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California’s Cross-Cutting Climate Strategy

The Trump administration’s decision to revoke California’s authority to set its own auto-emissions standards represents a devastating failure of leadership. But the state is resolute in its commitment to providing the tools, technology, and initiative needed to confront the climate crisis.

SACRAMENTO – We are parents, and one of us (Lenny Mendonca) is also a grandparent. We are keenly aware of how the intensifying impact of climate change could affect the futures of not only our children and grandchildren, but also of families throughout California and around the world. Thinking about the effects of climate change, however, doesn’t break our will; on the contrary, it only strengthens our resolve to work with California Governor Gavin Newsom to advance his vision for a more sustainable and inclusive economic-growth strategy in our great state.

In fact, California’s determination to act only grows as climate effects hit home. Our commitment to innovative climate solutions deepens even as US President Donald Trump’s administration attempts to demolish climate protections. (Trump has already taken action 129 times to repeal or weaken climate regulations. Attempting to revoke California’s long-held authority to set its own auto-emissions standards is only the most recent maneuver.)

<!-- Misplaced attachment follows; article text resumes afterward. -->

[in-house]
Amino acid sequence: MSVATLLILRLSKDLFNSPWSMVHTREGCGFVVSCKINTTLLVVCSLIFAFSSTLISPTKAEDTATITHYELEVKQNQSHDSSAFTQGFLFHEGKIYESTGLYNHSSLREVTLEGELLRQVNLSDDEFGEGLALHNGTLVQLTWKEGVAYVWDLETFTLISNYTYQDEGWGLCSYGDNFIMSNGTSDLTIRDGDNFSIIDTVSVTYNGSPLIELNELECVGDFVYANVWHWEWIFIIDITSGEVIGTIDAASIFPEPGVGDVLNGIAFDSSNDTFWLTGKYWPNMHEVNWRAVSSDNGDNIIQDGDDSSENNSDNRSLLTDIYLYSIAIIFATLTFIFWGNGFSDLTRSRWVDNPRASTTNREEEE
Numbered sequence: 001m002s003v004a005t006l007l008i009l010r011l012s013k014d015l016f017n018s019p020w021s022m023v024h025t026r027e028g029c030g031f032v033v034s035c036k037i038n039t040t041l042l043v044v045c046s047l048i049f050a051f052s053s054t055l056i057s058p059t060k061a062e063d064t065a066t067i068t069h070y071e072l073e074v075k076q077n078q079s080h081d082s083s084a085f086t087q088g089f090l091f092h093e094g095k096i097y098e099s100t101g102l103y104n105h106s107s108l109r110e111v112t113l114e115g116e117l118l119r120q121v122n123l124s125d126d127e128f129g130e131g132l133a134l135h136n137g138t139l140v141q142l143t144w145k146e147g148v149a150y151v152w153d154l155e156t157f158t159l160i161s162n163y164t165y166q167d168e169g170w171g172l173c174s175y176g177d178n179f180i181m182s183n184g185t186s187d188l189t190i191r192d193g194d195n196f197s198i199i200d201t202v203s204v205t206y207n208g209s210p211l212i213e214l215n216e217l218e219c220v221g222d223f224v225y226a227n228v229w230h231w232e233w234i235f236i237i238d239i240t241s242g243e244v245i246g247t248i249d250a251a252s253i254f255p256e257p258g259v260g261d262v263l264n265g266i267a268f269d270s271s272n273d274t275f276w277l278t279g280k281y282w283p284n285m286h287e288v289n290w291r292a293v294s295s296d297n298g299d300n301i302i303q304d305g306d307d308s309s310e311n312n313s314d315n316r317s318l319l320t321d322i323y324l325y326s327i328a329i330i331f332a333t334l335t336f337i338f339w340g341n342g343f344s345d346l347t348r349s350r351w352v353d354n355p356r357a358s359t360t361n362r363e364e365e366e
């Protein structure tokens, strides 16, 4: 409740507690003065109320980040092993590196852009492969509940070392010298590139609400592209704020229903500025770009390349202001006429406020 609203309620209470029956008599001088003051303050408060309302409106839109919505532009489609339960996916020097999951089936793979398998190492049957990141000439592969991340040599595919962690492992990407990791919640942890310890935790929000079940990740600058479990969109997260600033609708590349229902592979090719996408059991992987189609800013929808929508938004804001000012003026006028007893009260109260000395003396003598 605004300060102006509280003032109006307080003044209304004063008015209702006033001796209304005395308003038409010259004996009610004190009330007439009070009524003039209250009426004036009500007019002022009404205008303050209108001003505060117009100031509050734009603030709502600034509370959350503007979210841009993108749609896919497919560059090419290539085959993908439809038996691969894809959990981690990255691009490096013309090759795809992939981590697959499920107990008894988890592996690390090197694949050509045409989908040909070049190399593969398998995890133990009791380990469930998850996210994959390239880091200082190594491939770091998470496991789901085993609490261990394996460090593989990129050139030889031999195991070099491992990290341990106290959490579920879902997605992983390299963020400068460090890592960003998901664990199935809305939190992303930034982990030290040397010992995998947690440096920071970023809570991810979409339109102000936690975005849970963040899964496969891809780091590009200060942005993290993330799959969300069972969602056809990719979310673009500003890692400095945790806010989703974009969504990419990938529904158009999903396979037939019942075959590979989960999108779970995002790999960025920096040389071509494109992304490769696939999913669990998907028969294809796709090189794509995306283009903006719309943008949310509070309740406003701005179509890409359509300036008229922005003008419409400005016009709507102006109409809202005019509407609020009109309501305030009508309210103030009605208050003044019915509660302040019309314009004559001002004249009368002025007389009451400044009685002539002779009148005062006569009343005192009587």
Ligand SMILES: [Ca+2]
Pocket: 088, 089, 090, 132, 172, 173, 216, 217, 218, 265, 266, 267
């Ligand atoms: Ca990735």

For example, on September 20, Newsom signed an executive order that seeks “to leverage the state’s $700 billion pension investment portfolio and assets to advance California’s climate leadership.” The order “also directs multiple state agencies and departments to review and update overall operations, transportation investments, and use of the state’s purchasing power to advance groundbreaking climate goals.”

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  1. nye201_NICOLAS ASFOURIAFP via Getty Images_trumpxi Nicolas Asfouri/AFP via Getty Images

    China and America Are Failing the Pandemic Test

    Joseph S. Nye, Jr.

    All national leaders must put their country’s interests first, but the important question is how broadly or narrowly they define those interests. Both China and the US are responding to COVID-19 with an inclination toward short-term, zero-sum approaches, and too little attention to international institutions and cooperation.


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